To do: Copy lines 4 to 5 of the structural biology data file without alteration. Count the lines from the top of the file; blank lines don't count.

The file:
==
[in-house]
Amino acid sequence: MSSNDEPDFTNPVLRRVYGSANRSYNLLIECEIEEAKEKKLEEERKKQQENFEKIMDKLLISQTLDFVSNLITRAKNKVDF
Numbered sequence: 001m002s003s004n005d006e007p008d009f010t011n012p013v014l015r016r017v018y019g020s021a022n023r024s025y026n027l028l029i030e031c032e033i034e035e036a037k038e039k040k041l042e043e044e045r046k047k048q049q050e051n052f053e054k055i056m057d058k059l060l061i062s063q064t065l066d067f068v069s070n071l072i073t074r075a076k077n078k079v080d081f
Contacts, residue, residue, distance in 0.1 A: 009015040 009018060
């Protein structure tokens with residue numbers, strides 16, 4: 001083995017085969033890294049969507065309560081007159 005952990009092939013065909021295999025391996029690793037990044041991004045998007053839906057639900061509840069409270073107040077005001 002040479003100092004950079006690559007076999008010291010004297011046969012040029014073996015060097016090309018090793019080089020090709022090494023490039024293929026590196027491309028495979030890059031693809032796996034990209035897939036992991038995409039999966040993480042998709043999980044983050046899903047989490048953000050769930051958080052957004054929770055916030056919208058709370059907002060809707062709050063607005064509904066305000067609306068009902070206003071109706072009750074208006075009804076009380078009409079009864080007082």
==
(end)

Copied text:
Contacts, residue, residue, distance in 0.1 A: 009015040 009018060
């Protein structure tokens with residue numbers, strides 16, 4: 001083995017085969033890294049969507065309560081007159 005952990009092939013065909021295999025391996029690793037990044041991004045998007053839906057639900061509840069409270073107040077005001 002040479003100092004950079006690559007076999008010291010004297011046969012040029014073996015060097016090309018090793019080089020090709022090494023490039024293929026590196027491309028495979030890059031693809032796996034990209035897939036992991038995409039999966040993480042998709043999980044983050046899903047989490048953000050769930051958080052957004054929770055916030056919208058709370059907002060809707062709050063607005064509904066305000067609306068009902070206003071109706072009750074208006075009804076009380078009409079009864080007082």